Mother Jones Magazine
has published an expose done by writer Mac McClelland, who went undercover at one of the biggest 3pls: Amalgamated Product Giant Shipping Worldwide Inc.
Before she even starts the job, Mac is counseled by a woman at the local chamber of commerce not to take anything that they say to her personally. Mac asks if people are going to be mean to her:
She smiles. "Oh, yeah." This town somewhere west of the Mississippi is not big; everyone knows someone or is someone who's worked for Amalgamated. "But look at it from their perspective. They need you to work as fast as possible to push out as much as they can as fast as they can. So they're gonna give you goals, and then you know what? If you make those goals, they're gonna increase the goals. But they'll be yelling at you all the time. It's like the military. They have to break you down so they can turn you into what they want you to be. So they're going to tell you, 'You're not good enough, you're not good enough, you're not good enough,' to make you work harder. Don't say, 'This is the best I can do.' Say, 'I'll try,' even if you know you can't do it. Because if you say, 'This is the best I can do,' they'll let you go. They hire and fire constantly, every day. You'll see people dropping all around you. But don't take it personally and break down or start crying when they yell at you."
Mac goes through the training. She is assigned to be a "picker" someone who locates, scans, and puts the requested item in a bin on a conveyor belt. The pickers are assigned to a particular section of the vast warehouses:
The place is immense. Cold, cavernous. Silent, despite thousands of people quietly doing their picking, or standing along the conveyors quietly packing or box-taping, nothing noisy but the occasional whir of a passing forklift. My scanner tells me in what exact section—there are nine merchandise sections, so sprawling that there's a map attached to my ID badge—of vast shelving systems the item I'm supposed to find resides. It also tells me how many seconds it thinks I should take to get there. Dallas sector, section yellow, row H34, bin 22, level D: wearable blanket. Battery-operated flour sifter. Twenty seconds. I count how many steps it takes me to speed-walk to my destination: 20. At 5-foot-9, I've got a decently long stride, and I only cover the 20 steps and locate the exact shelving unit in the allotted time if I don't hesitate for one second or get lost or take a drink of water before heading in the right direction as fast as I can walk or even occasionally jog.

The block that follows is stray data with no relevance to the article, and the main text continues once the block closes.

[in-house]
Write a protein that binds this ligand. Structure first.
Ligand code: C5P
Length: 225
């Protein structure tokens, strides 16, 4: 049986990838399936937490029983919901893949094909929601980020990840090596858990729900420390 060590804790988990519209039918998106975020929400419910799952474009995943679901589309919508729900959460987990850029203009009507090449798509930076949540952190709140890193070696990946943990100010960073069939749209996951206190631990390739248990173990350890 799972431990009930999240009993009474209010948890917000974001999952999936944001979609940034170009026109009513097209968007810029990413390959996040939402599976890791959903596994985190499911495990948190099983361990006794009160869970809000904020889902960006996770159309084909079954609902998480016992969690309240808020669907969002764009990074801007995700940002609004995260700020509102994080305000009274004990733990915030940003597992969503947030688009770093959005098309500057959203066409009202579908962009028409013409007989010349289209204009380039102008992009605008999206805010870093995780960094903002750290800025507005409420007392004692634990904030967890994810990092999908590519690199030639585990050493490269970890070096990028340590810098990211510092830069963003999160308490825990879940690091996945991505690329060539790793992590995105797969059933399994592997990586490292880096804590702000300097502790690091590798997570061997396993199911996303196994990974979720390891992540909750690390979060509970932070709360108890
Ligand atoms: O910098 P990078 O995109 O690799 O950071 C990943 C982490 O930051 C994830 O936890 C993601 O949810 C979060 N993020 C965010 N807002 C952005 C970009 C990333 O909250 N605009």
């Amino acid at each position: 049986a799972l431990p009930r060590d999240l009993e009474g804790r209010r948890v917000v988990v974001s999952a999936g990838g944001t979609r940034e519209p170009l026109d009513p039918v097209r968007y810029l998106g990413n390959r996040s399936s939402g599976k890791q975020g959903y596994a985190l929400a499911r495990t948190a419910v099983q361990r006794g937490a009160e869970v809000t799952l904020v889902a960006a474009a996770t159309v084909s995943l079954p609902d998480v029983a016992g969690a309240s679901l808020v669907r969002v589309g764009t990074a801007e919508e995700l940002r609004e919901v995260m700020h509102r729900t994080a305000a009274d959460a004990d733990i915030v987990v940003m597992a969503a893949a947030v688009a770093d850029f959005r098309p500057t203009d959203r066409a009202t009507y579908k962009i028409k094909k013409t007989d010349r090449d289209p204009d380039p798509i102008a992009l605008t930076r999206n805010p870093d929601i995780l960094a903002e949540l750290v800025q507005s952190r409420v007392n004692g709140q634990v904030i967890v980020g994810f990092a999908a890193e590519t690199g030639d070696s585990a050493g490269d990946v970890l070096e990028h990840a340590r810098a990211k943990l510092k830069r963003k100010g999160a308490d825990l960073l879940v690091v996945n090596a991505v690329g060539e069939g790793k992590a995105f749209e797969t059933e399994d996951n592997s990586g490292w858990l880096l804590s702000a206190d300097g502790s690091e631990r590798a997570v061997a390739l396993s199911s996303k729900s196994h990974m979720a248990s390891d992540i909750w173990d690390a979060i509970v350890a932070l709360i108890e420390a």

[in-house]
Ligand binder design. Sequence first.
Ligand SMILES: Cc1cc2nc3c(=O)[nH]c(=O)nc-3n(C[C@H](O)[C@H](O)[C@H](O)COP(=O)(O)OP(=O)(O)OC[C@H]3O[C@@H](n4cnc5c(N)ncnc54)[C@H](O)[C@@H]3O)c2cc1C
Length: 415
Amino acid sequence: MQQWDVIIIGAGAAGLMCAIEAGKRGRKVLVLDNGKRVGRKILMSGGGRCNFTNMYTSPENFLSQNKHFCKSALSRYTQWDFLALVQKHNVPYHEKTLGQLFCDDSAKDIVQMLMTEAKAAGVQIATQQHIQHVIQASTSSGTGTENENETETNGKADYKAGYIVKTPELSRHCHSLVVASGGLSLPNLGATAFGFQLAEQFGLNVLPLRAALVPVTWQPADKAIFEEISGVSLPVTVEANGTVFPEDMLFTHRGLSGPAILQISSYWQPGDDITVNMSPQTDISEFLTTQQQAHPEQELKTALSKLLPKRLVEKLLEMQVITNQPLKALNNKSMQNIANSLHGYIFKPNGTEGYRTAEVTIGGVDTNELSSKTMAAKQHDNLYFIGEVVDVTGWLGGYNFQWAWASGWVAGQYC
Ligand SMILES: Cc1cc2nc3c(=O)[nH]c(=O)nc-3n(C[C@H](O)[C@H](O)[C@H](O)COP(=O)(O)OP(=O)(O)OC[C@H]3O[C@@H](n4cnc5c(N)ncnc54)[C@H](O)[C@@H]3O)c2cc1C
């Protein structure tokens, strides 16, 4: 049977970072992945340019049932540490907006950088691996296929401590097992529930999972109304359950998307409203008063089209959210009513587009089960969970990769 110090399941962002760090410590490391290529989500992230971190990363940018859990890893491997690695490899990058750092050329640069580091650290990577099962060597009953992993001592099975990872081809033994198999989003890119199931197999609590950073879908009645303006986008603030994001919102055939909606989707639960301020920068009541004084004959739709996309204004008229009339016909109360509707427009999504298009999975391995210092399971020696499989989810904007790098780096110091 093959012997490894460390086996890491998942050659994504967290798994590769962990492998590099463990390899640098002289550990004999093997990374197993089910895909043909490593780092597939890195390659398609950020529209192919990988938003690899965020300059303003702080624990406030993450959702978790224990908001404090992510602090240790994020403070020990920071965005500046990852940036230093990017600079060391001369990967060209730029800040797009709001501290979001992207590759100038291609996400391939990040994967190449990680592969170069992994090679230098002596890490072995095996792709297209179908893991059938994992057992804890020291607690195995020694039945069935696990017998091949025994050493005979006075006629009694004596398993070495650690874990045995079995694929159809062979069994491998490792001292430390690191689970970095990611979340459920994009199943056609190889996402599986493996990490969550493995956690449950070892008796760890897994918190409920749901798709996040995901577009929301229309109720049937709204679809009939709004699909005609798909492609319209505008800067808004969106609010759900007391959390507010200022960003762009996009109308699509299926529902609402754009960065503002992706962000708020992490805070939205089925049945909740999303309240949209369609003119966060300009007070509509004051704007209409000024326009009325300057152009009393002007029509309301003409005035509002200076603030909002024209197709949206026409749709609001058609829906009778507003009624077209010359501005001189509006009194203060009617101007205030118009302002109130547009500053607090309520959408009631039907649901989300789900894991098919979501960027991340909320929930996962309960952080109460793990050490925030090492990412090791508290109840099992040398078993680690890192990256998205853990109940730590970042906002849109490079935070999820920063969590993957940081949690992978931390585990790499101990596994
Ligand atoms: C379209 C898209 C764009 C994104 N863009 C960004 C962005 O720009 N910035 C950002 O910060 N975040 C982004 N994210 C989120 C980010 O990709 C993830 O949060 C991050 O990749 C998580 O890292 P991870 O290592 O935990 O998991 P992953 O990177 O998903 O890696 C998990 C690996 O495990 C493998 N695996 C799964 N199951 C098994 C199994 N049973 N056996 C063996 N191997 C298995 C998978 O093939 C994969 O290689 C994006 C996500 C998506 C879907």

Most of the people working at this site aren't even permanent employees. The 3pls use temps, because they can pay them less and provide them no benefits.
From the temp agency, Amalgamated has ordered the exact number of humans it should take to fill this week's orders if we work at top capacity. Lots of retailers use temporary help in peak season, and online ones are no exception. But lots of warehousing and distribution centers like this also use temps year-round. The Bureau of Labor Statistics found that more than 15 percent of pickers, packers, movers, and unloaders are temps. They make $3 less an hour on average than permanent workers. And they can be "temporary" for years. There are so many temps in this warehouse that the staffing agency has its own office here. Industry consultants describe the temp-staffing business as "very, very busy." "On fire." Maximizing profits means making sure no employee has a slow day, means having only as many employees as are necessary to get the job done, the number of which can be determined and ordered from a huge pool of on-demand labor literally by the day. Often, temp workers have to call in before shifts to see if they'll get work. Sometimes, they're paid piece rate, according to the number of units they fill or unload or move. Always, they can be let go in an instant, and replaced just as quickly.
The typical work day is a blur. No cell phones are allowed inside, so workers who need to check on their children have to stash their cell phones in a break room notorious for theft. The pickers cover, on average, about 12 miles a day; on cold concrete flooring. This is destined to generate a great deal of physical pain.
Indeed, and I'm working for a gigantic, immensely profitable company. Or for the staffing company that works for that company, anyway. Which is a nice arrangement, because temporary-staffing agencies keep the stink of unacceptable labor conditions off the companies whose names you know. When temps working at a Walmart warehouse sued for not getting paid for all their hours, and for then getting sent home without pay for complaining, Walmart—not technically their employer—wasn't named as a defendant. (Though Amazon has been named in a similar suit.) Temporary staffers aren't legally entitled to decent health care because they are just short-term "contractors" no matter how long they keep the same job. They aren't entitled to raises, either, and they don't get vacation and they'd have a hell of a time unionizing and they don't have the privilege of knowing if they'll have work on a particular day or for how long they'll have a job. And that is how you slash prices and deliver products superfast and offer free shipping and still post profits in the millions or billions.
The workers are working in inhuman conditions at an inhuman pace. Pain is a constant. Increasing numbers of companies are relying on the services of 3pls. It's unlikely that most companies are aware of the way the workers in these warehouses are exploited. Meanwhile, the bad economy guarantees a constant labor pool of people so desperate that they will take these jobs. That's what the 3pls are counting on.
It won't come as a surprise that many of these giant warehouses are in right to work states.
The entire story is 4 pages long. Please read the whole thing - it's filled with terrible and important information.